Confusion in Computing the Cost I

Hey Guys,

In the lecture video and the reading item entitled “Computing the Cost I”, we can see that it is a symmetric matrix, but this is not a auto-correlation matrix right?

For instance, assuming 1-based indexing, the value at (1, 2) will contain the similarity score of the sentences “Can you see me?” and “How old are you?”, while the value at (2, 1) will contain the similarity score of the sentences “What is your age” and “Are you seeing me?”. I agree that the sentences involved in the pairs are similar to each other, but still how can these similarity scores be same (apart from mere coincidences) for all the pairs?

Cheers,
Elemento

Hi @Elemento

If I understand your question correctly, your data_generator has to take care of it. Every pair of sentences with the same row index in the batch are similar to each other but different from all others (other rows) in the batch.
In other words if you have batch of:

[[v1_1, v1_2],
 [v2_1, v2_2],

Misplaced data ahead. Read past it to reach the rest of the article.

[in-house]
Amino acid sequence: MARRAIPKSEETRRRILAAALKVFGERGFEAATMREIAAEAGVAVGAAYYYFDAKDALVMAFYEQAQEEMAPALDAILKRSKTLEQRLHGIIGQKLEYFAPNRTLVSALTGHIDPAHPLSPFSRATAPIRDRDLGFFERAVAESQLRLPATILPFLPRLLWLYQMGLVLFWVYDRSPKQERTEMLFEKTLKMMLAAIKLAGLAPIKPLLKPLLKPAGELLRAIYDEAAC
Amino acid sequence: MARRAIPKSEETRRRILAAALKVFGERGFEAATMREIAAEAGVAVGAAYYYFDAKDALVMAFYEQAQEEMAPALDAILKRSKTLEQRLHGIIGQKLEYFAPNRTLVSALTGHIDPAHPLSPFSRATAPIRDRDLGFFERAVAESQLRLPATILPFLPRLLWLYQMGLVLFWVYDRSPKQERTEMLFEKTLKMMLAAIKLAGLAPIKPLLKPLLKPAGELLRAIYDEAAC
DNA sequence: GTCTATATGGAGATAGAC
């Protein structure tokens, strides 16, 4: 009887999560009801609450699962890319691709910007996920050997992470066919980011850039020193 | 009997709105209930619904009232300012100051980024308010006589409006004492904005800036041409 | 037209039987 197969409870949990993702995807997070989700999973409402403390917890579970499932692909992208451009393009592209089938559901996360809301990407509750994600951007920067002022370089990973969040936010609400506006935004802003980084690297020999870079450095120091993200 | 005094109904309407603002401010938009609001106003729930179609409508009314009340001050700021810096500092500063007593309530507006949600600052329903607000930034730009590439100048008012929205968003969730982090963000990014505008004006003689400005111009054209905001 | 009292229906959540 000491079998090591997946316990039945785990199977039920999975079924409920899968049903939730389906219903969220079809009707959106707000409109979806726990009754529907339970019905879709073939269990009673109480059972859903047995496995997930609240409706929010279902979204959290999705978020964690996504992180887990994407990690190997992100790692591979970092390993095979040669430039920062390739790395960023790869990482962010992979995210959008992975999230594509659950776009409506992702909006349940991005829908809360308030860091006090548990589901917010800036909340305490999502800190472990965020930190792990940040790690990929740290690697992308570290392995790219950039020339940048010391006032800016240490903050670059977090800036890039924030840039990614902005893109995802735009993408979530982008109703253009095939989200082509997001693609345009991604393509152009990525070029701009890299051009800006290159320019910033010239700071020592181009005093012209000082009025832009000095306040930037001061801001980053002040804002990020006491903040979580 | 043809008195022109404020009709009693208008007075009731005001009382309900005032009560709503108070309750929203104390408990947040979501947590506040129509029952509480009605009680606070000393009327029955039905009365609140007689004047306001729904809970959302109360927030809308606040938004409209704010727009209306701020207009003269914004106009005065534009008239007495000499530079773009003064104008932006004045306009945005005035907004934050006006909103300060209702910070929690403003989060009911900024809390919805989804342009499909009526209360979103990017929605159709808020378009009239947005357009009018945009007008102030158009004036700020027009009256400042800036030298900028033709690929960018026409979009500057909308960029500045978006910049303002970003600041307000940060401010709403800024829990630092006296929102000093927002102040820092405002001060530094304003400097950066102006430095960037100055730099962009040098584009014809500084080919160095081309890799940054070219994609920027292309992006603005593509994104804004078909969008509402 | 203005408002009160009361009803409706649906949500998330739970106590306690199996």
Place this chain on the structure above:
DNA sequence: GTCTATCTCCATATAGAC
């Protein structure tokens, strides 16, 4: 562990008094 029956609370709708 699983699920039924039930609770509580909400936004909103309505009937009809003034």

[v3_1, v3_2],
 [v4_1, v4_2]]

your data_generator has to make sure that:

  • v1_1 (anchor) is similar to v1_2 (positive)
  • and v1_1 is different from v2_2, v2_3 and v2_4 (negatives)

otherwise learning would not be possible (with the exception if negatives are not true negatives only on very rare occasions).

Cheers.

Hey @arvyzukai,
I believe there is some confusion. Let me present it very simply. Shouldn’t the above matrix be a non-symmetric matrix?

Cheers,
Elemento

@Elemento
In reality - yes - non-symmetric. But here it is presented for simplicity I guess.

Hey @arvyzukai,
Thanks a lot. I think changing this into a non-symmetric matrix will avoid this confusion for the learners. What do you think about this?

Cheers,
Elemento

1 Like

Hey @Elemento

To be fair I’m not sure. Maybe for some but not for others. For the lecture (video/reading) personally I think it is fine as is but I see your point. I think the subsequent Lab is for the details.

Cheers